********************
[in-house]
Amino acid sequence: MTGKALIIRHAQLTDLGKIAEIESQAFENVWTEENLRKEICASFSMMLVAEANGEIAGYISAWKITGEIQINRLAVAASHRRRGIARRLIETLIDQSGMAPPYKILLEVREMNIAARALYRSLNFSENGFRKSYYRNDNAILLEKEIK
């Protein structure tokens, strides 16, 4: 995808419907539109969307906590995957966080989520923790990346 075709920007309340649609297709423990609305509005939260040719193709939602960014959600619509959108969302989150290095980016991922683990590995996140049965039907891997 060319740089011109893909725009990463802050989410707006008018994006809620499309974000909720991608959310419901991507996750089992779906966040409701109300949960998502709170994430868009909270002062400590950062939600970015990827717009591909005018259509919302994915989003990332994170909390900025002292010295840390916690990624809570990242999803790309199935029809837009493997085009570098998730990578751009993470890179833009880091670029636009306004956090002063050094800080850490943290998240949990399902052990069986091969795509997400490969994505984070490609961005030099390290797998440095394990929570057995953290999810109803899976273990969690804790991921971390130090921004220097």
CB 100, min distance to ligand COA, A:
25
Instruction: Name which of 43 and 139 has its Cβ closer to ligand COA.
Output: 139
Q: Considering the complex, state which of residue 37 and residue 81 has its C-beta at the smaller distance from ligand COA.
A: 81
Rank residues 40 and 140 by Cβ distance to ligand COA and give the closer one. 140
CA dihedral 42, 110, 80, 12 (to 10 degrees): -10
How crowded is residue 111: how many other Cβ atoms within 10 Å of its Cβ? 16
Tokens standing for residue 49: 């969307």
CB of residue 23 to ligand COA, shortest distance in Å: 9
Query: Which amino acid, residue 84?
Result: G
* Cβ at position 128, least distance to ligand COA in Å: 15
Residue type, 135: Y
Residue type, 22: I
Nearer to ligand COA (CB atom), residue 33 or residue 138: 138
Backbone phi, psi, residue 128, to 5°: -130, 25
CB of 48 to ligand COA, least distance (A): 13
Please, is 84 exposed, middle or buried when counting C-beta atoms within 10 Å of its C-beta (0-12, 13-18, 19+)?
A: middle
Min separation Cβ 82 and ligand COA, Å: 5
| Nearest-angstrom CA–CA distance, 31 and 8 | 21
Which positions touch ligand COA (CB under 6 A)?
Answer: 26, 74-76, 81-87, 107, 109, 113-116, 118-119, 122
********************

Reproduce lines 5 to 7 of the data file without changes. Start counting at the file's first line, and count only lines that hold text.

25
Instruction: Name which of 43 and 139 has its Cβ closer to ligand COA.
Output: 139